Job creation returns to growth for first time since March
Job creation in the West Midlands has returned to growth for the first time since March as business pessimism continues to fall.
Business confidence in the West Midlands rose eight points during September to -6%, according to the latest Business Barometer from Lloyds Bank Commercial Banking.
Companies in the West Midlands reported higher confidence in their own business prospects month-on-month at -3%. When taken alongside their views of the economy overall, this gives a headline confidence reading of -6%.
The Business Barometer questions 1,200 businesses monthly and provides early signals about UK economic trends both regionally and nationwide.
When asked about the impact COVID-19 was having on their business, the majority of firms continued to see demand negatively affected by coronavirus during September, but with the picture worsening month-on-month. Sixty-five per cent experienced a fall in demand for their products and services, up seven points on the month before.
Meanwhile, 11% experienced an increase in demand, down three points on August.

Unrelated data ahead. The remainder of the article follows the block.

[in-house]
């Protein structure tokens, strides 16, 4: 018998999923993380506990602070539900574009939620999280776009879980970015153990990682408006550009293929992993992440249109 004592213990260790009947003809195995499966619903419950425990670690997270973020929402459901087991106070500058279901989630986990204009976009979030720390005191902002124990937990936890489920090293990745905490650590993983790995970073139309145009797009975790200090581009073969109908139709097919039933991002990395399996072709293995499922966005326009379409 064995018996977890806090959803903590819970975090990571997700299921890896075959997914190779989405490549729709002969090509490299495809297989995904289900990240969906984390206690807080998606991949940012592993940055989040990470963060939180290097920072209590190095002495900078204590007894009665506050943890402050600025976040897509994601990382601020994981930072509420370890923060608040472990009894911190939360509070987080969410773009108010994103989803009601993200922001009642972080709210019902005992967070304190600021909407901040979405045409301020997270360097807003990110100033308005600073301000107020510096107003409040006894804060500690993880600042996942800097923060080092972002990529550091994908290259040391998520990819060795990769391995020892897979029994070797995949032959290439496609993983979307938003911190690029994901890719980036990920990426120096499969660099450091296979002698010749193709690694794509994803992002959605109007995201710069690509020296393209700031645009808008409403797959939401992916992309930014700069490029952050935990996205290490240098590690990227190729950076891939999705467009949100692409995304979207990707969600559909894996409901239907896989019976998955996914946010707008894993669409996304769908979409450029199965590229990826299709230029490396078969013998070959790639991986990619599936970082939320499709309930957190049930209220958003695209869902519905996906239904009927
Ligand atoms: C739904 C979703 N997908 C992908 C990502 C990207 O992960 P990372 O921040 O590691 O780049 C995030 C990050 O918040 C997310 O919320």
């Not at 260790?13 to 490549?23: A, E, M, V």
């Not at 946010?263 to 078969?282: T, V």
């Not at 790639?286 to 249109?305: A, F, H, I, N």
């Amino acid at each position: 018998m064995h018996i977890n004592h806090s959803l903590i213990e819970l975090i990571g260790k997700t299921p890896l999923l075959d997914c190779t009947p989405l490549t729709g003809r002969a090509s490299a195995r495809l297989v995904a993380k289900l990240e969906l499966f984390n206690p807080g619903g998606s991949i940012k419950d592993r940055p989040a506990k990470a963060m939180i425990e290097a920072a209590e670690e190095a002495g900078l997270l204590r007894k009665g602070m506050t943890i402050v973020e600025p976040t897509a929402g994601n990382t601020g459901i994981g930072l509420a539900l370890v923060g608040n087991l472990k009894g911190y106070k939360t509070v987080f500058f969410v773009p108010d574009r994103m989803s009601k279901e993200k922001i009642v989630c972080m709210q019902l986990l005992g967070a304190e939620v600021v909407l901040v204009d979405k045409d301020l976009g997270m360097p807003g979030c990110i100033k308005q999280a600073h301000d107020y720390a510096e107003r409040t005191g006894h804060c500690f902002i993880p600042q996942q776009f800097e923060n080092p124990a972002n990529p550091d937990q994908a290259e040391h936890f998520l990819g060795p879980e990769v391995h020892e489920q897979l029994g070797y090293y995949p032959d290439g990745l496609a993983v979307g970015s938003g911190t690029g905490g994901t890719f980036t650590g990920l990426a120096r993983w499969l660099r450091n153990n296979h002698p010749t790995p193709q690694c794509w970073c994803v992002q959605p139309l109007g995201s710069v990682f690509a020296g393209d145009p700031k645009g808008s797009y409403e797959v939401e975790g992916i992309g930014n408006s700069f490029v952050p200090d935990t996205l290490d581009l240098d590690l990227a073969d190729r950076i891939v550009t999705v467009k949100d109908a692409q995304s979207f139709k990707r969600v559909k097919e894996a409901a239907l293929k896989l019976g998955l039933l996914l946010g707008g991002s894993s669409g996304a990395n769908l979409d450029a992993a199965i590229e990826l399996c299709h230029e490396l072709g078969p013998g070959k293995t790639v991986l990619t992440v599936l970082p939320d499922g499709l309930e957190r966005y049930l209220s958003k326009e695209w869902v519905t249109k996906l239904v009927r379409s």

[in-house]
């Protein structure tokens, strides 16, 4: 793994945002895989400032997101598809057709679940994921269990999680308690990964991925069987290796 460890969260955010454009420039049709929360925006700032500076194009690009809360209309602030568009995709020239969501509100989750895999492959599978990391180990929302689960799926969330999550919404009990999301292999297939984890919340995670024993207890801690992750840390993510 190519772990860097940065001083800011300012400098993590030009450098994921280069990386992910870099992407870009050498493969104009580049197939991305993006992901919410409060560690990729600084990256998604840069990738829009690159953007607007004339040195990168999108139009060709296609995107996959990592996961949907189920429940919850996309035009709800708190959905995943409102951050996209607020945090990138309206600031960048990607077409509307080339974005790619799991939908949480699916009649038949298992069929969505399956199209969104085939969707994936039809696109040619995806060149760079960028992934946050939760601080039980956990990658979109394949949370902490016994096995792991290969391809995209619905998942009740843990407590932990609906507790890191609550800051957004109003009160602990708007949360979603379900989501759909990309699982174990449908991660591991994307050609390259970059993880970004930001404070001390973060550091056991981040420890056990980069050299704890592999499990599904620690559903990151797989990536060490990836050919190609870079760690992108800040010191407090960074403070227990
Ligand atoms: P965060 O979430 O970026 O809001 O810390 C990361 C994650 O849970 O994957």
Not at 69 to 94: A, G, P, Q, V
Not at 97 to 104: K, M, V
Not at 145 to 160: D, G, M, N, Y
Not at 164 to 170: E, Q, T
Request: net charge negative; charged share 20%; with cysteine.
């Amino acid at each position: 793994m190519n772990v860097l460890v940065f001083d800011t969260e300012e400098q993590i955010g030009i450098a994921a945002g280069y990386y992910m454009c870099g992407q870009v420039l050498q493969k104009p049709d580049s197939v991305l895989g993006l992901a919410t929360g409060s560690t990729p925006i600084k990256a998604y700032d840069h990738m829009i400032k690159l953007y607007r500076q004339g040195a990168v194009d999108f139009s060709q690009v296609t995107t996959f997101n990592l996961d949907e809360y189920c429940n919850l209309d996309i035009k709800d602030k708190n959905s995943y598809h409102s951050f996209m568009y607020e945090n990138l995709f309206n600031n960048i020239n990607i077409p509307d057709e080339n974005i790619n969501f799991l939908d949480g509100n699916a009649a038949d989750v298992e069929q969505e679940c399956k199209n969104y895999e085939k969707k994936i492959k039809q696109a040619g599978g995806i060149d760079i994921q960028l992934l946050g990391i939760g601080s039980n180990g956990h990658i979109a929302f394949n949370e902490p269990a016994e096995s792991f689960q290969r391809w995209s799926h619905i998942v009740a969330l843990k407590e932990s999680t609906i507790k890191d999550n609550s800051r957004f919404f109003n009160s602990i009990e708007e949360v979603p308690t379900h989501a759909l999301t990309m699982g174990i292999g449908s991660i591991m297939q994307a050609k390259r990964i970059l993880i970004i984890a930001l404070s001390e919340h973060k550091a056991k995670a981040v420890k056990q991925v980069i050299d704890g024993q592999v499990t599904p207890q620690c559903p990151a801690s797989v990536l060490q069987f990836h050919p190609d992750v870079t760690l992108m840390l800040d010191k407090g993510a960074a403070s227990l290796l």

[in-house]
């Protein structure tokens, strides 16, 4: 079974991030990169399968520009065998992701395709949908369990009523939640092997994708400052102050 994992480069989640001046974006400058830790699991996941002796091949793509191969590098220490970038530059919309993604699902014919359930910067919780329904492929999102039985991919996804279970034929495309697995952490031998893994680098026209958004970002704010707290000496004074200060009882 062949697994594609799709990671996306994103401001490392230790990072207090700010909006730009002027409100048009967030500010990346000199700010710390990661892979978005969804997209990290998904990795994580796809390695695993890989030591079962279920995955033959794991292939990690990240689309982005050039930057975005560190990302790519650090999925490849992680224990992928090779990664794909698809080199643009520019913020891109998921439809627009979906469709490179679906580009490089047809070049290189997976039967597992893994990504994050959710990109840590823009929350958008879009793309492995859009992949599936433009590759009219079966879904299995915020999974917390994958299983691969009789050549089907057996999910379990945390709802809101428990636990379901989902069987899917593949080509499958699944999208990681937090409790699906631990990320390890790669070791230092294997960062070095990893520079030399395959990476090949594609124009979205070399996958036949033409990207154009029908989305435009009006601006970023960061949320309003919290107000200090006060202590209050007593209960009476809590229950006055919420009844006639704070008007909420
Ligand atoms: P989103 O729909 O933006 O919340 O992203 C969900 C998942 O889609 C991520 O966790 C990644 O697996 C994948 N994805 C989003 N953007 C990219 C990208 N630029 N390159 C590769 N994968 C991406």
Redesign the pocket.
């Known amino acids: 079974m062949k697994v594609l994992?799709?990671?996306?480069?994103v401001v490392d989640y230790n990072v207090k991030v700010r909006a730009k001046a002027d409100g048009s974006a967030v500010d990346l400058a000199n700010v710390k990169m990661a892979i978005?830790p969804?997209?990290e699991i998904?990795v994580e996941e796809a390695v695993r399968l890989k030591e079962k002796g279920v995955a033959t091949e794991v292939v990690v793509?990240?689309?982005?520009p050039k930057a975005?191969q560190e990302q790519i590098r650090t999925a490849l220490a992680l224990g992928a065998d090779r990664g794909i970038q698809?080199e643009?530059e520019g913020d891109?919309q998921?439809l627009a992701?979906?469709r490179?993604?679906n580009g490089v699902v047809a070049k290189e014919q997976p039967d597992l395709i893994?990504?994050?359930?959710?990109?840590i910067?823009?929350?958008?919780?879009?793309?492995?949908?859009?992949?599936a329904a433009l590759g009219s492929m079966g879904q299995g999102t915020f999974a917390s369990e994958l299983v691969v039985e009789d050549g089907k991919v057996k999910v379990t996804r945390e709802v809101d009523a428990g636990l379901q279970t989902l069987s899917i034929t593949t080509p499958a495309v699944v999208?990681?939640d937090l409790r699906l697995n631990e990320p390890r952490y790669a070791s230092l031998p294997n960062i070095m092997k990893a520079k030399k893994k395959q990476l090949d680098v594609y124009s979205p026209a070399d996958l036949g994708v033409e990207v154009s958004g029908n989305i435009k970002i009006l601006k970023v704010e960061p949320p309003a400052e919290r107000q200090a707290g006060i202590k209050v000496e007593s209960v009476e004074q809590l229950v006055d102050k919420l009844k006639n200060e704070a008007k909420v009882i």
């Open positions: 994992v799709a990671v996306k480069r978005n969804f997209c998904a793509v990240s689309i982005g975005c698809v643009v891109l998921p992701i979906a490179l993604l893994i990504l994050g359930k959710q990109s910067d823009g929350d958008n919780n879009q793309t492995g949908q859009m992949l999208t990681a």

One-third (32%) of West Midlands firms surveyed said they aren’t currently using the Job Retention Scheme.
Promisingly, firms outlined plans to increase the size of their workforces for the first time since the start of the pandemic in March. A net balance of 1% of firms expect to grow their employee base in the next 12 months, compared to August, when a net balance of 9% had expected to reduce headcounts.
When asked about the impact of social distancing measures, 61% of businesses said they could, in theory, operate at full capacity while remaining COVID-secure, although 26% said they couldn’t operate fully within the rules.
Of the 42% of businesses reporting disruption to their supply chain during September, 53% expect the situation to improve within six months, while 7% expect it will take more than 12 months to return to normal levels.
Amanda Dorel, regional director for the West Midlands at Lloyds Bank Commercial Banking, said: “The introduction of local lockdown measures in Birmingham and surrounding areas, introduced mid-September, will affect demand dynamics for local firms. But so far, the new restrictions haven’t dampened expectations for business activity, which climbed steeply during September. Next month’s figures will reveal the toll that the Government’s new national restrictions have taken on firms.
“We’ll remain by the side of businesses affected by lockdown measures and will support firms as they look to overcome challenges in the weeks and months ahead.”